Most people now accept that health and safety is something which they often need help with and having an expert to call on when they’re not confident on handling the risks can be a great reassurance. However, that expert does need certain skills and qualities as well as just paper qualifications.
Having to occasionally to dig in our heels and say no is not an easy thing to do when the client is paying you but we have to remember what they are paying us for – to protect them and their staff and provide advice that is not just in satisfaction of the regulations but also in line with what is technically and morally right.
Read on to find out about a recent case which highlights exactly why our consultants need both the skills and experience to say no when they need to say no…
A business director and their retained safety consultant have both been jailed for their roles in the death of a labourer when a basement excavation collapsed. He was crushed to death following the collapse of a basement excavation in Ellerby Street, Fulham in December 2010.
Conrad Sidebottom a Director of Siday Construction Ltd, and his health and safety consultant Richard Golding, were found guilty on December 2, 2014 of the manslaughter of Anghel Milosavlevici. Sidebottom was sentenced to three years and three months in jail and Golding was also jailed for nine months.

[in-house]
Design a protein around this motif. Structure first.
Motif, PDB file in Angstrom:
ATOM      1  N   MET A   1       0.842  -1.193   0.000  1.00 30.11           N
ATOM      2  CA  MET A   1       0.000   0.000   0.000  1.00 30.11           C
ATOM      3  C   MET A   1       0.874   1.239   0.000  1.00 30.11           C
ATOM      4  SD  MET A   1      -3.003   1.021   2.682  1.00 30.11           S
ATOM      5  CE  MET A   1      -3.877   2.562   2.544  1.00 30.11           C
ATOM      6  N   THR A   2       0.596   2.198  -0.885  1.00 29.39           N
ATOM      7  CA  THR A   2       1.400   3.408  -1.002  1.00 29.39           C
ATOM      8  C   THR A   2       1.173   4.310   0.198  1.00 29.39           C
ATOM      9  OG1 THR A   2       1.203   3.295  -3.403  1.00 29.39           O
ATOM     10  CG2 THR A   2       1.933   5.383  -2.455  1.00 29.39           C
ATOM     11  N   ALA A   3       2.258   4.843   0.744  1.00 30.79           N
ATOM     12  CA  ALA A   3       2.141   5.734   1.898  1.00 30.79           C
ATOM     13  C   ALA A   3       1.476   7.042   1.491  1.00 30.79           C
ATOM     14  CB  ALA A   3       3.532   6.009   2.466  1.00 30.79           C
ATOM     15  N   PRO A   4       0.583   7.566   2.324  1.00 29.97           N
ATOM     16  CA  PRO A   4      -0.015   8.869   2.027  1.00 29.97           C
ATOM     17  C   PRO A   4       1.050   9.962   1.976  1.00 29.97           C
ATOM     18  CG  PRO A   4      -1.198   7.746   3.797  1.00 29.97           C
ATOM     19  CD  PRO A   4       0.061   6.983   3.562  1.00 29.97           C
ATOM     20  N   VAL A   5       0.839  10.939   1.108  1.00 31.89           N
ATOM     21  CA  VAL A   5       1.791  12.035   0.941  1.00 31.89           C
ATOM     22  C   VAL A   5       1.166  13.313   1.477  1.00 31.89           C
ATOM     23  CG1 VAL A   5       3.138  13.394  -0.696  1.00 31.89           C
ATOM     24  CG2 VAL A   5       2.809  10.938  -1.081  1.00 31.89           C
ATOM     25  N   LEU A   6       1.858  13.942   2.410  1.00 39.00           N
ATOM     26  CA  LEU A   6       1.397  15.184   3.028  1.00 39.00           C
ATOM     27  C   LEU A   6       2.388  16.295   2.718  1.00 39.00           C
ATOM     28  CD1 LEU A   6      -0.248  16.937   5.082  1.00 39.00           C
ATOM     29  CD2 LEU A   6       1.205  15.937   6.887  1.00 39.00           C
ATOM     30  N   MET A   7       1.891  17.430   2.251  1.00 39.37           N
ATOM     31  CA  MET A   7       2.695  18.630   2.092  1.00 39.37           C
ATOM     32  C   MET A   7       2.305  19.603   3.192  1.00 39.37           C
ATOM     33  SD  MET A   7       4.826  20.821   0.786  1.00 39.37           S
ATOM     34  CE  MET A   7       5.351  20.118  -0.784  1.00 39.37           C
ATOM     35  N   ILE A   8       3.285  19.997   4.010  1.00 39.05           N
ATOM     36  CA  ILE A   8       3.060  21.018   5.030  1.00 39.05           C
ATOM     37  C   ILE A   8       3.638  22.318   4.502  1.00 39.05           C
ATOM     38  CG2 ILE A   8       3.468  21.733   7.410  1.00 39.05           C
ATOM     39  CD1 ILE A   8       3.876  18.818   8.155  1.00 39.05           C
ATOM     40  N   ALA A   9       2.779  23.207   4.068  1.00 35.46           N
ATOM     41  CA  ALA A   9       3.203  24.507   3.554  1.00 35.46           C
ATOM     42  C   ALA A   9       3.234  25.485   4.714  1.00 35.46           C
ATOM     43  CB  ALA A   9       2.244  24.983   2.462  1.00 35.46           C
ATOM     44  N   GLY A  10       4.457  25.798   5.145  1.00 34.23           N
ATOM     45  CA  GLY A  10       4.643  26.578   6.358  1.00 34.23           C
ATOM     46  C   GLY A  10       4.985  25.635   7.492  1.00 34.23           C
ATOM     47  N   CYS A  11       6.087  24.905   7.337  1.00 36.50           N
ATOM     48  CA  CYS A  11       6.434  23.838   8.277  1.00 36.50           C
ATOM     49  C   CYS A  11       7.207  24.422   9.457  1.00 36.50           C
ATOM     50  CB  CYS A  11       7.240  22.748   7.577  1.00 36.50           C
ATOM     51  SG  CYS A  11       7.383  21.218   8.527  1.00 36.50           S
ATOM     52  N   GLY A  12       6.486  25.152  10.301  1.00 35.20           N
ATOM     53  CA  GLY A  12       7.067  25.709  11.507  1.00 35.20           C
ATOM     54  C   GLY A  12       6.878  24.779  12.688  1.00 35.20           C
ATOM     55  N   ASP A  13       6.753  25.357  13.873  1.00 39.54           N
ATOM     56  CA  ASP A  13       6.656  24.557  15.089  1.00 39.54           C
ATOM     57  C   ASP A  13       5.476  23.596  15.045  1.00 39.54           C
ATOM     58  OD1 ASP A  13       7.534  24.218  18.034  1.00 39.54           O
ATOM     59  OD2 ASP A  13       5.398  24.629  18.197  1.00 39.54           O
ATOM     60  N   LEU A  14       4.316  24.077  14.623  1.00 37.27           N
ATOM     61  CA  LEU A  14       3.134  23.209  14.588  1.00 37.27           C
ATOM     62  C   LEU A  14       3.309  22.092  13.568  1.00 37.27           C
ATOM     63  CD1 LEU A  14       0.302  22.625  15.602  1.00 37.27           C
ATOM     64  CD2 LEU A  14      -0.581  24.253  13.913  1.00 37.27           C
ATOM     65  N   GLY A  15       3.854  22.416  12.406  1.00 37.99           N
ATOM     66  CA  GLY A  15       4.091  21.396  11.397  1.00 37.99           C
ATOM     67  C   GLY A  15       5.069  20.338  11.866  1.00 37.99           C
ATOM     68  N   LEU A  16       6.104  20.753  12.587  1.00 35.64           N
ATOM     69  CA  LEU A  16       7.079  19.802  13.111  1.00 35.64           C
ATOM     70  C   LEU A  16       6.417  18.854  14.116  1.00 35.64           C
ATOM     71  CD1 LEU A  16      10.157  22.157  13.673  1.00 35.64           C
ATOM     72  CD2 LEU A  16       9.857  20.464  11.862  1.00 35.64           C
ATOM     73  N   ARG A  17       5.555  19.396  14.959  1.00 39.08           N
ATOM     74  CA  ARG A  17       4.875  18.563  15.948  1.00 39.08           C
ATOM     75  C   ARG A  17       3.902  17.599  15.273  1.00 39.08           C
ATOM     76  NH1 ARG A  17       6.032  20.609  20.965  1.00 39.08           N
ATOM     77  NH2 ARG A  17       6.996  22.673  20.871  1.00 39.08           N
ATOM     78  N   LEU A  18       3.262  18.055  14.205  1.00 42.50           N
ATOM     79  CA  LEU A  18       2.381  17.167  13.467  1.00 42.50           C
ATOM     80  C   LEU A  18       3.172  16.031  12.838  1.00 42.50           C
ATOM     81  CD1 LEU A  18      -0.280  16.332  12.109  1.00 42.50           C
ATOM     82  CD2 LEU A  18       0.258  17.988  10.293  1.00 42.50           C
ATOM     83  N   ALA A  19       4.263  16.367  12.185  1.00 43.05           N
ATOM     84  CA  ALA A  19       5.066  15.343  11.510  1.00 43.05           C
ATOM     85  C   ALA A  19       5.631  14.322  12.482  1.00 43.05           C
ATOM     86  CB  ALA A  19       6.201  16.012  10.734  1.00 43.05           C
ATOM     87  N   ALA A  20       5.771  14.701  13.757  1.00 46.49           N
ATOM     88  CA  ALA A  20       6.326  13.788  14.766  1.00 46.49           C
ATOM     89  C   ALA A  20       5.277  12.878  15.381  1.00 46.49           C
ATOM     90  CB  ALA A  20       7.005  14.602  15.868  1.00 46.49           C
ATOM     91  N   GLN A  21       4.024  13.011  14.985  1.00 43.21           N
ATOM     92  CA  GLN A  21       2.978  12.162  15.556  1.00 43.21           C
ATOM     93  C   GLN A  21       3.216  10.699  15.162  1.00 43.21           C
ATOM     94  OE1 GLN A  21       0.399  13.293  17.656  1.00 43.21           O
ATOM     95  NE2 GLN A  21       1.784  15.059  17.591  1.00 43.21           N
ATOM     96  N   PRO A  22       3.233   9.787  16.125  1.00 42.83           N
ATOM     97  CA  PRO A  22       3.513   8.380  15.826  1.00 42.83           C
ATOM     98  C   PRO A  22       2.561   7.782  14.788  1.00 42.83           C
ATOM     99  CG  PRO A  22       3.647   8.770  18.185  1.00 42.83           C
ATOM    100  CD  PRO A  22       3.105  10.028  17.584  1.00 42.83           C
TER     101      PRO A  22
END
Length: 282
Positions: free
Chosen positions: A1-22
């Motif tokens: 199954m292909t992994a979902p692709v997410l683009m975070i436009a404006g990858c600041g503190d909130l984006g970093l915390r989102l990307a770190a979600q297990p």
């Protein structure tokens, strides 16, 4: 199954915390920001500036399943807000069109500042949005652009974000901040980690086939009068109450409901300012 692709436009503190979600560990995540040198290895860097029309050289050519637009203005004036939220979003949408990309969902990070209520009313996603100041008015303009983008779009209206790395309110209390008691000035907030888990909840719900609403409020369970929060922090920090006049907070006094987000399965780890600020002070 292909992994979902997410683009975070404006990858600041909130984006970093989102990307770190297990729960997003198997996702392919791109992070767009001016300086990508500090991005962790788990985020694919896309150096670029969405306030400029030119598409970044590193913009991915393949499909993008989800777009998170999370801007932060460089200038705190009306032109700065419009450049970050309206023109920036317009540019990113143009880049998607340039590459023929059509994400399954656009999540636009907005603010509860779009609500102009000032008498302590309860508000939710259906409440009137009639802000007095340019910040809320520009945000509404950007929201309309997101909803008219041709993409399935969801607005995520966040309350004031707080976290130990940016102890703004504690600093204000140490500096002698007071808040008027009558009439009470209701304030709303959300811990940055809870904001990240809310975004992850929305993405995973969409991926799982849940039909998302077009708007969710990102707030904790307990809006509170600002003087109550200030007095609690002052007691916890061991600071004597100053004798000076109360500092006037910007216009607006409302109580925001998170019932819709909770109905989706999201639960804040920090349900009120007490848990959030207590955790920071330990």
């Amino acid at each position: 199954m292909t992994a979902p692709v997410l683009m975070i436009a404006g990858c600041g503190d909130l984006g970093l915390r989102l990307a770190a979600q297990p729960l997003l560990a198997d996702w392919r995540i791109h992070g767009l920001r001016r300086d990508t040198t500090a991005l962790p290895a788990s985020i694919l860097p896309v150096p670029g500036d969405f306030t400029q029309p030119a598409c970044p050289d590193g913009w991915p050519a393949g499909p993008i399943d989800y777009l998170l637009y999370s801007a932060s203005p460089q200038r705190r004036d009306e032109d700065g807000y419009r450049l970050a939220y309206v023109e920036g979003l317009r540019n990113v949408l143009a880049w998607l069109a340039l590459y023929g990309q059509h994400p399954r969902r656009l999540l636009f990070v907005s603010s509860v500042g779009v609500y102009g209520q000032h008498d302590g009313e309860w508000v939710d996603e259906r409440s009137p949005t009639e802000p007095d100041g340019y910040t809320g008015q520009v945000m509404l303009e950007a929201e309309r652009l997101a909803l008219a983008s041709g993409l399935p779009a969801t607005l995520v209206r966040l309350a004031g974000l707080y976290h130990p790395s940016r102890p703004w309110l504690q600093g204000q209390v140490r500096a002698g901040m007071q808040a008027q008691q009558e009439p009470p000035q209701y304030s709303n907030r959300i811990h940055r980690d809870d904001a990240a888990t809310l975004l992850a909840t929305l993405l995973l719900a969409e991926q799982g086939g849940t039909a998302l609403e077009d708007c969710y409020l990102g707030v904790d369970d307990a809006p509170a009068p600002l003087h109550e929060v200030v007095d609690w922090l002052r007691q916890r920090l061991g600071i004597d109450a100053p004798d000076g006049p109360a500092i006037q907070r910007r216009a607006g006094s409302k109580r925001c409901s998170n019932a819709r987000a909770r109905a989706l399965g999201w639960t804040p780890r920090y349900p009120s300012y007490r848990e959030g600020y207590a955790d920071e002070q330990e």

The court heard how as the site manager Mr Sidebottom was aware of the dangerous state of the excavation, but had taken no steps to ensure it was safe. Mr Golding, a qualified health and safety advisor who was contracted out by AllDay Safety Services Ltd, was also aware of the risks as he was responsible for drafting a method statement to be followed to ensure safety concerns were addressed. However, this document was found to be inadequate, its geenral safety advice was not followed. Despite Mr Golding having the authority to stop dangerous works, he failed to do so.
DCI Duffield, who headed up the case, commented: “There was overwhelming evidence that Sidebottom and Golding’s failure to carry out their respective roles directly resulted in the death of Anghel Milosavlevici. In this case the danger of collapse was not only foreseeable, it had been specifically identified by Golding in his risk assessments.”
If you’ve got questions or need support on safety in the industrial, contracting or construction sectors please contact us for sensible and proportionate advice on 01453 800100